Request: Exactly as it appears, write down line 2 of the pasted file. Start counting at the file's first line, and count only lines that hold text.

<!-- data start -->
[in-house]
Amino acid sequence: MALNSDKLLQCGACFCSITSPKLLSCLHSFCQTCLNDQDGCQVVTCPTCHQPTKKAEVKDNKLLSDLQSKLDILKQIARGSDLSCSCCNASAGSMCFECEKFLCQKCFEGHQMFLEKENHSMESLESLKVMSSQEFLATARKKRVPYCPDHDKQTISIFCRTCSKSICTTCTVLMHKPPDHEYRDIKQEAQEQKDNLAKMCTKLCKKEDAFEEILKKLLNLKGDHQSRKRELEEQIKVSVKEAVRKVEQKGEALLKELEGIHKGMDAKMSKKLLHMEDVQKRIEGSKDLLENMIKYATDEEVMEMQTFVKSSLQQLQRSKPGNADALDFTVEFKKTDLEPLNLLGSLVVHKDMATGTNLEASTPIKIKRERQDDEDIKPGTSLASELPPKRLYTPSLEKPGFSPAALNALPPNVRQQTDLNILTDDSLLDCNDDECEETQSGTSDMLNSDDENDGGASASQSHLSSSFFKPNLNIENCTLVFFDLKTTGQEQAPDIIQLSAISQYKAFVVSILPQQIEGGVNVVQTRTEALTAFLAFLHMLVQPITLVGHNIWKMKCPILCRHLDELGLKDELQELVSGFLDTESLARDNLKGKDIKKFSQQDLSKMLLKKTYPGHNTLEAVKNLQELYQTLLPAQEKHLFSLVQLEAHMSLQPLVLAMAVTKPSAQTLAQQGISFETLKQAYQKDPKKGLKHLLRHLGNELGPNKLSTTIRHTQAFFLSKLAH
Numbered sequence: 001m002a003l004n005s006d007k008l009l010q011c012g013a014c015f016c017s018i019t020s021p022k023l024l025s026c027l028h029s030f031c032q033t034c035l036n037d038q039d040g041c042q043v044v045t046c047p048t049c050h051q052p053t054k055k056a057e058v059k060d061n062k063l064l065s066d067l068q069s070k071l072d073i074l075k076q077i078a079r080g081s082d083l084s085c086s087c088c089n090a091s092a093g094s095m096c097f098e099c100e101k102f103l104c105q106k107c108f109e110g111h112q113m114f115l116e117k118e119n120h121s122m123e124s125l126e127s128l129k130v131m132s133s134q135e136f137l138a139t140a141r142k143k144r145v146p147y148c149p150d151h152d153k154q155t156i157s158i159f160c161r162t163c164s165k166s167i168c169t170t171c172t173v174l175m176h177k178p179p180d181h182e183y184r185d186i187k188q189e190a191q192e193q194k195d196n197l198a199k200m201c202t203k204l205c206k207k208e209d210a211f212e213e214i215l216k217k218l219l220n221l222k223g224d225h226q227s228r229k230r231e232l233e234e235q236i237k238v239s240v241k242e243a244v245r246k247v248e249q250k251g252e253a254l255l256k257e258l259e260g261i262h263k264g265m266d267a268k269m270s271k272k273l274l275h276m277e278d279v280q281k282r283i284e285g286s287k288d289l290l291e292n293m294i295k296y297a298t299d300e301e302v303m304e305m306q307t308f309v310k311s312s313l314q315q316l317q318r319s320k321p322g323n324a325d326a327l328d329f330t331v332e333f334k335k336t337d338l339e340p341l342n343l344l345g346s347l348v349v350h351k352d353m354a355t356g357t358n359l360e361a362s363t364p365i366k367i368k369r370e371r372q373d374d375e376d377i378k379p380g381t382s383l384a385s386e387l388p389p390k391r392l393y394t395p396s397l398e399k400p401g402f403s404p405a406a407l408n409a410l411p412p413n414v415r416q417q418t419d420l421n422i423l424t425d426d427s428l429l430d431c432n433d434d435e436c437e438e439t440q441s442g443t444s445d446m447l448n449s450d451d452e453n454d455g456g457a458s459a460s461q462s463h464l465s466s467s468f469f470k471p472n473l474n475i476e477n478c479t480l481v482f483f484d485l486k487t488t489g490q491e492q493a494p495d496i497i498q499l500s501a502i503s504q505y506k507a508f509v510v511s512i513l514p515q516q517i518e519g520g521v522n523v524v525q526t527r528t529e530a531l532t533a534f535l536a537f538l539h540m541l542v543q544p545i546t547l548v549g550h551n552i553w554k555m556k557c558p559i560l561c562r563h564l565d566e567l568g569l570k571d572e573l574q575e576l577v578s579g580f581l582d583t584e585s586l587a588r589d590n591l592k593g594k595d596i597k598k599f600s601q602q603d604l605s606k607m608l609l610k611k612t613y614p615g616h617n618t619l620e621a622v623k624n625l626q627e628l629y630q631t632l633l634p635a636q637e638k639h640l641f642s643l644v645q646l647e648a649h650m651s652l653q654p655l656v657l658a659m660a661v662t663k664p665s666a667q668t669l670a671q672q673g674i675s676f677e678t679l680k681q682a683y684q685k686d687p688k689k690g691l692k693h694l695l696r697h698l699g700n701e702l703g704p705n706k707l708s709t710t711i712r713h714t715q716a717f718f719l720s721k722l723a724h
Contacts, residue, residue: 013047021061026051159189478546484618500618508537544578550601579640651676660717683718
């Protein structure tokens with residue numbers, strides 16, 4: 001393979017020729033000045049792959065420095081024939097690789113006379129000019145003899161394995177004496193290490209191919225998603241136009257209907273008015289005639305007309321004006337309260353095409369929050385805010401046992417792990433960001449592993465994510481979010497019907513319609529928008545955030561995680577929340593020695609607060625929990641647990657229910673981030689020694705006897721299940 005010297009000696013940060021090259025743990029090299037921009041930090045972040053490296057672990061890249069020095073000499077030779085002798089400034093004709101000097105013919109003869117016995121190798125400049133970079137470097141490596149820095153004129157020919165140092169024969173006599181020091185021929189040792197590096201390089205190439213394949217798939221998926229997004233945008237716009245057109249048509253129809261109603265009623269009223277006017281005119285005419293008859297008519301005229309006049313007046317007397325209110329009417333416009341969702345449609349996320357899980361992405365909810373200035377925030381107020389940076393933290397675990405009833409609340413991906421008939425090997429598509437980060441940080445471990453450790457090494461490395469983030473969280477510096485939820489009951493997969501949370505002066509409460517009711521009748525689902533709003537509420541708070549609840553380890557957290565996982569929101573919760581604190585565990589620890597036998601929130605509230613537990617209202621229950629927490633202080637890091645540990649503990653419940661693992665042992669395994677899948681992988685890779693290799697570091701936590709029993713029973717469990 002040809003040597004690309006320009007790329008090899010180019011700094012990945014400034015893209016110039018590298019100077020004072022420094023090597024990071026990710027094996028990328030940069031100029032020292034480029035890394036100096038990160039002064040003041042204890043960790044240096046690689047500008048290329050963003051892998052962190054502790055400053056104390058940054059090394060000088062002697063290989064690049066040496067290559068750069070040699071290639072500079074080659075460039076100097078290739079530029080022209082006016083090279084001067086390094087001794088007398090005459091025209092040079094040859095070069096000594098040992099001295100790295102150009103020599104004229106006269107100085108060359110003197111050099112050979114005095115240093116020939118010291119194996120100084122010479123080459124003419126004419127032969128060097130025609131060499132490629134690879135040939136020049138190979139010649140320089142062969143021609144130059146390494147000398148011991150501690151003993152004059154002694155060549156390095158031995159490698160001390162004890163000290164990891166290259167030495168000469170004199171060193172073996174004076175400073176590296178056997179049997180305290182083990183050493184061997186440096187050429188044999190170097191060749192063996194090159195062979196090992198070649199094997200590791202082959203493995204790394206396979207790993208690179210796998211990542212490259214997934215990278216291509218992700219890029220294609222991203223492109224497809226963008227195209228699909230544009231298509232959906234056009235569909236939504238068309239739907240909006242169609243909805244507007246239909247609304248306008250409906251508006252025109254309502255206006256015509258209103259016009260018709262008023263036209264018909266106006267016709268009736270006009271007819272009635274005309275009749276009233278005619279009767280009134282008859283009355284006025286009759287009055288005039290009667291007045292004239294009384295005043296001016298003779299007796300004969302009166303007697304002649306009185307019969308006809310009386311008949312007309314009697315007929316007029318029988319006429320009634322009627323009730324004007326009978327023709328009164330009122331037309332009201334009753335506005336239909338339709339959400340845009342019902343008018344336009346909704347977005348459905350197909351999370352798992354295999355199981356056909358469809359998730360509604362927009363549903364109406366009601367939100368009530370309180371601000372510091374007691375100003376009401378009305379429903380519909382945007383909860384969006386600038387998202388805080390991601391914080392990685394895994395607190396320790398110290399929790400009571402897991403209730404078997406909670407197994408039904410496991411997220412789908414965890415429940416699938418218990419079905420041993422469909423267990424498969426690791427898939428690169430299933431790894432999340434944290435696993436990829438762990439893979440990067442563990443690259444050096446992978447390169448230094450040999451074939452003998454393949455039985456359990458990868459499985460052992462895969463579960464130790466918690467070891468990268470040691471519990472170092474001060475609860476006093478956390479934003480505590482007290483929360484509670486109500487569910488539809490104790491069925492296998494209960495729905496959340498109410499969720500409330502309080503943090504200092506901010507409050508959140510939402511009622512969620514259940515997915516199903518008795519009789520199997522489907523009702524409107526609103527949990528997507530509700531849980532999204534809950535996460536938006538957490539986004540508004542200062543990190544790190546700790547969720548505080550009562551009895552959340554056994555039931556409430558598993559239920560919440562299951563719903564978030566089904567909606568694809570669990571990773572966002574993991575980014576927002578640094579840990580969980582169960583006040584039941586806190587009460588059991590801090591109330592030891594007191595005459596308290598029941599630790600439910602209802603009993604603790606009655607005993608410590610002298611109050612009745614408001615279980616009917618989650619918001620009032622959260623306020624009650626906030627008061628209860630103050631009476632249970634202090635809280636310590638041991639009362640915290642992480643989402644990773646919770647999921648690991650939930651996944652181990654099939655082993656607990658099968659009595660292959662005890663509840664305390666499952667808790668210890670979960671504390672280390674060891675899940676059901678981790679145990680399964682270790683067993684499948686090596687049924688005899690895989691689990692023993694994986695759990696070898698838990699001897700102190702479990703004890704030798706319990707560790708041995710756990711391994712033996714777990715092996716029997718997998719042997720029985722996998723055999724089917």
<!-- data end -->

Amino acid sequence: MALNSDKLLQCGACFCSITSPKLLSCLHSFCQTCLNDQDGCQVVTCPTCHQPTKKAEVKDNKLLSDLQSKLDILKQIARGSDLSCSCCNASAGSMCFECEKFLCQKCFEGHQMFLEKENHSMESLESLKVMSSQEFLATARKKRVPYCPDHDKQTISIFCRTCSKSICTTCTVLMHKPPDHEYRDIKQEAQEQKDNLAKMCTKLCKKEDAFEEILKKLLNLKGDHQSRKRELEEQIKVSVKEAVRKVEQKGEALLKELEGIHKGMDAKMSKKLLHMEDVQKRIEGSKDLLENMIKYATDEEVMEMQTFVKSSLQQLQRSKPGNADALDFTVEFKKTDLEPLNLLGSLVVHKDMATGTNLEASTPIKIKRERQDDEDIKPGTSLASELPPKRLYTPSLEKPGFSPAALNALPPNVRQQTDLNILTDDSLLDCNDDECEETQSGTSDMLNSDDENDGGASASQSHLSSSFFKPNLNIENCTLVFFDLKTTGQEQAPDIIQLSAISQYKAFVVSILPQQIEGGVNVVQTRTEALTAFLAFLHMLVQPITLVGHNIWKMKCPILCRHLDELGLKDELQELVSGFLDTESLARDNLKGKDIKKFSQQDLSKMLLKKTYPGHNTLEAVKNLQELYQTLLPAQEKHLFSLVQLEAHMSLQPLVLAMAVTKPSAQTLAQQGISFETLKQAYQKDPKKGLKHLLRHLGNELGPNKLSTTIRHTQAFFLSKLAH